80th Annual Thomas Cawthron Memorial Lecture
Sharing science with the community since 1917.
Ice and us.
Adapting to rising sea levels.
Keynote address by Professor Tim Naish and Professor Richard Levy.
With supporting presentations by Cawthron’s Dr Anna Berthelsen and Jacqui Stuart.
Melting land ice is now the single largest driver of global sea-level rise. The latest report from the Intergovernmental Panel on Climate Change stated “2m by 2100 cannot be ruled out”, depending on how rapidly the Antarctic ice sheet melts and how quickly we reduce global carbon emissions. Coupled with this, tectonic plate settings are causing ongoing land subsidence in many parts of New Zealand, including Whakatū Nelson. This lecture will see acclaimed New Zealand scientists Prof Tim Naish and Prof Richard Levy explain how climate change is driving sea level rise and how their science is helping communities throughout Aotearoa respond to the challenges we face now and into the future.
Their presentation will be followed by Dr Anna Berthelsen and Jacqui Stuart from Cawthron Institute who will share some of the science Cawthron is doing to understand and find solutions for climate change, including our work in Antarctica. Cawthron Chief Executive Volker Kuntzsch will MC the event and facilitate a Q&A session will all four speakers at the conclusion of their presentations.
Keynote Speaker: Richard Levy
Richard Levy is a Principal Scientist at GNS Science/Te Pu Ao, where he leads the Environment and Climate research theme and the Antarctic Ice Dynamics Project, one of four major research projects in New Zealand’s Antarctic Science Platform. Richard is Professor at Victoria University of Wellington/Te Herenga Waka where he co-leads the Our Changing Coast Programme that examines sea level rise impacts on New Zealand’s coastal systems. Richard has spent much of his career studying sediments and fossilised life forms to reconstruct environmental conditions that characterised Antarctica during times of warmth in our planet’s past. He has extensive experience in scientific drilling and has co-led major projects in Antarctica and New Zealand. He is a member of the Melting Ice Rising Sea team that was awarded the Prime Ministers Science Prize in 2019 and he received a Blake Leadership Award in 2022. Richard has a passion for science communication and education and has been involved in a range of activities that actively engage people in science.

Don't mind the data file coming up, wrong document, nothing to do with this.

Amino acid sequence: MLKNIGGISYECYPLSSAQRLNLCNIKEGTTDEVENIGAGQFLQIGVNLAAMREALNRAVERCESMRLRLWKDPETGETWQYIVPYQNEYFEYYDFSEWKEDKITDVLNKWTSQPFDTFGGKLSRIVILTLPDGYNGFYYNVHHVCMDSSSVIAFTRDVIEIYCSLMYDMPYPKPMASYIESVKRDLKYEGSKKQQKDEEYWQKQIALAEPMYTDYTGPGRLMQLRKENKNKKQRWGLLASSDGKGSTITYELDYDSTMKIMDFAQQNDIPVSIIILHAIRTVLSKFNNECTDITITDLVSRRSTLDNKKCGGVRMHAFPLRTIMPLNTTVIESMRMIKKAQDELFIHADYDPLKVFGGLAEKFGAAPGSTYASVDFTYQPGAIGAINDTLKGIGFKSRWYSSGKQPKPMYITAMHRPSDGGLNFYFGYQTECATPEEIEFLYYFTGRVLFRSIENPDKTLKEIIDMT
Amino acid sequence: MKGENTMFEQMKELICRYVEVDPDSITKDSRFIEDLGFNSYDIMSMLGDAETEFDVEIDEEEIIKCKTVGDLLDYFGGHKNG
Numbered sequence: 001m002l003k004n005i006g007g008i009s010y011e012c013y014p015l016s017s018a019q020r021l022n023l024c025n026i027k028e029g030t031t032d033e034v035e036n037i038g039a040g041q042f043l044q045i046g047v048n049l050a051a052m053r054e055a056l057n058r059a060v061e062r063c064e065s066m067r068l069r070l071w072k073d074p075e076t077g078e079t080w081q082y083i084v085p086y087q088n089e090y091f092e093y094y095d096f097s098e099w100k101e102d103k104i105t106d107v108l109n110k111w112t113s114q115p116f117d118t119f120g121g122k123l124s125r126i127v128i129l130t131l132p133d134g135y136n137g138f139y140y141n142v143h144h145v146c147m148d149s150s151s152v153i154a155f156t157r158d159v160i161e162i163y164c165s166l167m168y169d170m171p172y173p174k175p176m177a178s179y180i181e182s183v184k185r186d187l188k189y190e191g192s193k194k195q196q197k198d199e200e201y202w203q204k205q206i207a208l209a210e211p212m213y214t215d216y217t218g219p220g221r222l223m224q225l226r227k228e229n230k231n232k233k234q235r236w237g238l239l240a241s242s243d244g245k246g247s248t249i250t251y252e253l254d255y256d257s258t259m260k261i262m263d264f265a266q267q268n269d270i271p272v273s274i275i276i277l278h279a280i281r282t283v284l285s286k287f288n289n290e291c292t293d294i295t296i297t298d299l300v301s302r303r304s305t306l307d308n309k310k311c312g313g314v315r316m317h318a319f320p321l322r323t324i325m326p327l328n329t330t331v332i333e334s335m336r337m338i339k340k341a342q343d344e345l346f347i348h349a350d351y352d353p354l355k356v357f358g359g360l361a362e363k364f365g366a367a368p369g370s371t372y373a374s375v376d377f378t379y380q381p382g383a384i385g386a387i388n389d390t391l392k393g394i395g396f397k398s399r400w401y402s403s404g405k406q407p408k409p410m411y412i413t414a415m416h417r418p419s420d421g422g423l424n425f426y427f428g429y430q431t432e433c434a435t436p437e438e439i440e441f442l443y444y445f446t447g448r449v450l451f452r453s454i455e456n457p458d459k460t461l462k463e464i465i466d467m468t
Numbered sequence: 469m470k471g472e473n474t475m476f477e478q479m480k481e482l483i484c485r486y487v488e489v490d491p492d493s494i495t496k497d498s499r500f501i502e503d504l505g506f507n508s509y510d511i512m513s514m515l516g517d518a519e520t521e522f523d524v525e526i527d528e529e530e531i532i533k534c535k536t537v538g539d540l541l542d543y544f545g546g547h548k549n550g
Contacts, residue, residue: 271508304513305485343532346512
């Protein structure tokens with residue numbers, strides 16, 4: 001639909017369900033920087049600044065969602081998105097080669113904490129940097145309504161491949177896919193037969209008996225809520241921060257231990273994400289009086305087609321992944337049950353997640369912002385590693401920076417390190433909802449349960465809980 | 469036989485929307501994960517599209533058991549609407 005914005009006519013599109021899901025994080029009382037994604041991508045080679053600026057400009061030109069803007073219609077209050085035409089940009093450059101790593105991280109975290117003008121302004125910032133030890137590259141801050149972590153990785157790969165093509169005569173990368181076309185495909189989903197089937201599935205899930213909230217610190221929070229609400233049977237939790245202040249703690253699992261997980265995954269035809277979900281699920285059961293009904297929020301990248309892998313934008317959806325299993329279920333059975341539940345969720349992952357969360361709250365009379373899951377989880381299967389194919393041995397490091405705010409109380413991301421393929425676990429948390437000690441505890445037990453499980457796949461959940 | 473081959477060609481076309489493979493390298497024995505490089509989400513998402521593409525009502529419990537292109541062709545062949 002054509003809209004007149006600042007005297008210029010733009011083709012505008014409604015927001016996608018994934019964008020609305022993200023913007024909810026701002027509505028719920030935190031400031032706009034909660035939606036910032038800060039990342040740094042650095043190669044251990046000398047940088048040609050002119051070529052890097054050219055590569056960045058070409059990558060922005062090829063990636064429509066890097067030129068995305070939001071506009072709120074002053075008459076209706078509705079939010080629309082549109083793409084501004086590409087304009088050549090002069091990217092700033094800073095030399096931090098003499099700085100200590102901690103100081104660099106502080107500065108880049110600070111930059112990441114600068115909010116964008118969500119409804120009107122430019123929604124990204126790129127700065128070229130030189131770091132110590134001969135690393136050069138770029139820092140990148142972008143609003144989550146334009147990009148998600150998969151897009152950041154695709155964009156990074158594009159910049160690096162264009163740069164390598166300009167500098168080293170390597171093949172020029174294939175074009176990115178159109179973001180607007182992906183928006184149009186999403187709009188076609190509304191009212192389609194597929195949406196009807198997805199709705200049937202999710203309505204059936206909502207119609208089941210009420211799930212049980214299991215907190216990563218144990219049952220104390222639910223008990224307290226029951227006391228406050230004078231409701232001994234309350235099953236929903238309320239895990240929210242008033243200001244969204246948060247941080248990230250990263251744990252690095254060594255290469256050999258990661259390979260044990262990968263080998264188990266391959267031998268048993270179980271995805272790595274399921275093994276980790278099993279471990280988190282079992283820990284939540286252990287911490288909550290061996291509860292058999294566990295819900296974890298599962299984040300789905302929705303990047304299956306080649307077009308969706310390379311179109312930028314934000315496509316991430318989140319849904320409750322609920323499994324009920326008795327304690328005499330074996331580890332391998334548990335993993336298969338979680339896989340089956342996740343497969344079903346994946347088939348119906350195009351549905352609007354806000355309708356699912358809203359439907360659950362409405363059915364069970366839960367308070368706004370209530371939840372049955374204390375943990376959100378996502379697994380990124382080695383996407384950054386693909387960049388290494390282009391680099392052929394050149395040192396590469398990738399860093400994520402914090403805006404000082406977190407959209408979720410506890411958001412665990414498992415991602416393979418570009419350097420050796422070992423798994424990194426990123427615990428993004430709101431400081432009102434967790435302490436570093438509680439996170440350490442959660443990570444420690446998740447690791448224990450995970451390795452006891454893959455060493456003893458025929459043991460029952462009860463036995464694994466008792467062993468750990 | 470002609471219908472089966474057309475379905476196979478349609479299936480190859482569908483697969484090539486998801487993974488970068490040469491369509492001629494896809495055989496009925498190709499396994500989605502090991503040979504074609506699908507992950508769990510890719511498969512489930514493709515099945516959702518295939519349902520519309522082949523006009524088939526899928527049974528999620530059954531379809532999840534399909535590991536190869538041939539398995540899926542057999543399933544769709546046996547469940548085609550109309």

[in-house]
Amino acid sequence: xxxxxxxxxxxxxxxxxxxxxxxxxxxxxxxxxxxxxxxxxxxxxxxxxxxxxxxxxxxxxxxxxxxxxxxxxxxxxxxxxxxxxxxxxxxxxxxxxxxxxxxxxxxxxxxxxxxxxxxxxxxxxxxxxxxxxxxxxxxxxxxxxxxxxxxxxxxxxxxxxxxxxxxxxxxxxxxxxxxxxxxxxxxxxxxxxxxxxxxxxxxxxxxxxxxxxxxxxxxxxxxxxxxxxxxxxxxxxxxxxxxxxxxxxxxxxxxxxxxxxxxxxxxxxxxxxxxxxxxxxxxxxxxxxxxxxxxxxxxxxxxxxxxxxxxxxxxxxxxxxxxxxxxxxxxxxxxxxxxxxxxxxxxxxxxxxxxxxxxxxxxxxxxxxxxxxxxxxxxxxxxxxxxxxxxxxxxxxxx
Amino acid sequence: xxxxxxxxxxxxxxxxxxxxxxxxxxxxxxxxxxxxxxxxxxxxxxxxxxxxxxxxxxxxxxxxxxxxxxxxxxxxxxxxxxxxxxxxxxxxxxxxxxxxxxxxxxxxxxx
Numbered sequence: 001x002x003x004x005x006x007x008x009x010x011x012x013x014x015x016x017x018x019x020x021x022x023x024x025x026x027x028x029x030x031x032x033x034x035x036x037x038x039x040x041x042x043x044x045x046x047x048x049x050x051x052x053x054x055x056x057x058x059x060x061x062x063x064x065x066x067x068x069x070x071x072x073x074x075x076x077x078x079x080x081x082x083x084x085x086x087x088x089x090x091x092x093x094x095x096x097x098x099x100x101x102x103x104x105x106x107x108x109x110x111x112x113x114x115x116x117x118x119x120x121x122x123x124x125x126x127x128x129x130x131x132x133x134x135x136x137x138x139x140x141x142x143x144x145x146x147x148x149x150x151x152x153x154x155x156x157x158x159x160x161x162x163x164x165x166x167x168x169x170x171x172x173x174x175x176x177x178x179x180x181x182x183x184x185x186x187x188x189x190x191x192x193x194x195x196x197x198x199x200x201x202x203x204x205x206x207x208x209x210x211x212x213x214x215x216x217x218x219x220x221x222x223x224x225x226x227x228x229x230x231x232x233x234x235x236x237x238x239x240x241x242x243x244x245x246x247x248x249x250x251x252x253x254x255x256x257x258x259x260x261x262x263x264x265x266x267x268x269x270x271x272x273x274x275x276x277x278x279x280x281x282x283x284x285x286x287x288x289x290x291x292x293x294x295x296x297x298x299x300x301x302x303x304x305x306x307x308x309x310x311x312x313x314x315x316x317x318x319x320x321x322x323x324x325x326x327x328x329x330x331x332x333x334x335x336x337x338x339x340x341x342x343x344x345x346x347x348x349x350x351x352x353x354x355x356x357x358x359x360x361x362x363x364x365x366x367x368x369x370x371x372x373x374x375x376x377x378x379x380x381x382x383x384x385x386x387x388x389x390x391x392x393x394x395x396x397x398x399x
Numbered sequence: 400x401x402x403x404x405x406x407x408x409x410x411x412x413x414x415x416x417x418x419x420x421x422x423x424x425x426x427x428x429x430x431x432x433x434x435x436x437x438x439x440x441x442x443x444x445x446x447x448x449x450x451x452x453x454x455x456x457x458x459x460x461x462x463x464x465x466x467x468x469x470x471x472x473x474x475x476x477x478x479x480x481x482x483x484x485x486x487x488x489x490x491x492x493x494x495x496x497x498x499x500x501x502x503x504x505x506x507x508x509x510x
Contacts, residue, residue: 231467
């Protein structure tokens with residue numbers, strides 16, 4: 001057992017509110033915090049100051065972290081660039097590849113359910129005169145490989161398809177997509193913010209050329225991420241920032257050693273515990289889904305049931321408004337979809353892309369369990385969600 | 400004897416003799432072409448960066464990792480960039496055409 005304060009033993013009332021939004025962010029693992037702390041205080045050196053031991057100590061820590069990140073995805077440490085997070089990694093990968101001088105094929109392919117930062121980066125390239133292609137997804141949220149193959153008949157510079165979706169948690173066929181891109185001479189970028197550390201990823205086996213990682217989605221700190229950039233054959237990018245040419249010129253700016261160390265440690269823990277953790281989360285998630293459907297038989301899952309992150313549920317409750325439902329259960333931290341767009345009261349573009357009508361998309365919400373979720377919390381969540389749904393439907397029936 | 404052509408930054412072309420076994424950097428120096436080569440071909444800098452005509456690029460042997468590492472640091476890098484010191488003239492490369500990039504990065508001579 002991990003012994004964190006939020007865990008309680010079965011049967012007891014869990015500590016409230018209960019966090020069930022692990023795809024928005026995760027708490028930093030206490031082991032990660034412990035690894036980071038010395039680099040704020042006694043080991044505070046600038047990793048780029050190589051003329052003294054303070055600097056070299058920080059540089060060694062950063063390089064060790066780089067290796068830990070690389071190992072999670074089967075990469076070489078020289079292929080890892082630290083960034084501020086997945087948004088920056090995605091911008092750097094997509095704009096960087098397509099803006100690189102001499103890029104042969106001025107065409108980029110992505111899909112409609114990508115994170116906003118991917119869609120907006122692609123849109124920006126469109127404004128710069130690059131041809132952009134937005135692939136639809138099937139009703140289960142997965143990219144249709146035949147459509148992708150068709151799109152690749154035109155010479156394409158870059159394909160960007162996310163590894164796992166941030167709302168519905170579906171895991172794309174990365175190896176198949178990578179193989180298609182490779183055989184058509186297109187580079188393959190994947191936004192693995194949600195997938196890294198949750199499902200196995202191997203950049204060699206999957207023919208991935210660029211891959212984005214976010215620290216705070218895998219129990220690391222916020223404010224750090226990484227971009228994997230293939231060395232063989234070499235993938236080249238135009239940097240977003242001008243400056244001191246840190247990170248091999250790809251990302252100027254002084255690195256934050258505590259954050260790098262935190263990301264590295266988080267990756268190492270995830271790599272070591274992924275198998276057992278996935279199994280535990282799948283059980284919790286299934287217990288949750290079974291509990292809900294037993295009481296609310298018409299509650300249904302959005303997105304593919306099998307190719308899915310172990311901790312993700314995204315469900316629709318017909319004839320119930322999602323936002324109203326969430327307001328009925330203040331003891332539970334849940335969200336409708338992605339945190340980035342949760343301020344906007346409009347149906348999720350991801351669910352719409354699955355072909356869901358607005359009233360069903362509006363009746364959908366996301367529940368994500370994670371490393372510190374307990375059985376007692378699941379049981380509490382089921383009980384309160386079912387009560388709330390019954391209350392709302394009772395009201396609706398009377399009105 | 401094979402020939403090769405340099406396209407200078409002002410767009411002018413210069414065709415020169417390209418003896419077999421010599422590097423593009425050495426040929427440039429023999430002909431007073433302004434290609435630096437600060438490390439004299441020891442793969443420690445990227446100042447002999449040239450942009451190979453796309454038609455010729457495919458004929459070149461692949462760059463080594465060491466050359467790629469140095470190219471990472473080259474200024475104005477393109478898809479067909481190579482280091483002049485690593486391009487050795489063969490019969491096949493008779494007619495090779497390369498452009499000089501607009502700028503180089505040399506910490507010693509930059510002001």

Keynote Speaker: Tim Naish
Tim Naish is a Professor in Earth Sciences at the Antarctic Research Centre, Victoria University of Wellington, where he was Director from 2008-2017. His research focuses on past, present and future climate change with specific emphasis on how the Antarctic ice sheets respond to climate change and influence global sea-level. Has had made 15 expeditions to Antarctic, including leading the international ANDRILL scientific drilling programme in 2006-2007. Tim and the “Melting Ice & Rising Seas Team” were awarded the 2019 NZ Prime Minister’s Science Prize. Tim is a passionate science communicator and his current research is improving projections of sea-level rise so that Aotearoa can anticipate manage its impacts. He has been a lead author of IPCC reports and holds leadership roles in the World Climate Research Programme and the Scientific Committee for Antarctic Research. He has received the Tinker Muse Prize for Antarctic Science and Policy, The New Zealand Antarctic Medal and is a Fellow of the Royal Society of New Zealand.
Supporting Presenter: Anna Berthelsen
Anna Berthelsen is a marine ecologist within Cawthron’s Restoration Ecology Team and heads the Institute’s Climate Change working group. She has over ten years of research and consultancy experience. Her specialties include the ecology of coastal soft sediment, estuarine vegetation and rocky reef habitats including seaweeds. She also has expertise in water quality and is interested in climate change impacts and mitigation/adaption opportunities.
Supporting Presenter: Jacqui Stuart
Jacqui Stuart is a Research Assistant and PhD Student in Cawthron’s Molecular Algal Ecology group. She is very passionate about investigating the ecological and molecular responses of phytoplankton to environmental stressors, particularly those related to climate change. Using molecular tools such as eDNA, she investigates the diversity and composition of marine communities and how they may shift with changing ocean conditions. Jacqui is committed to using her expertise to tackle the complex challenges posed by climate change and to promote a deeper understanding of the vital role that marine microalgae play in the ecosystem.
Thomas Cawthron Memorial Lectures
Sharing science with the community since 1917
The Thomas Cawthron Memorial Lecture is a free annual community event hosted by Cawthron Institute to commemorate the legacy of Thomas Cawthron and to share science with the public.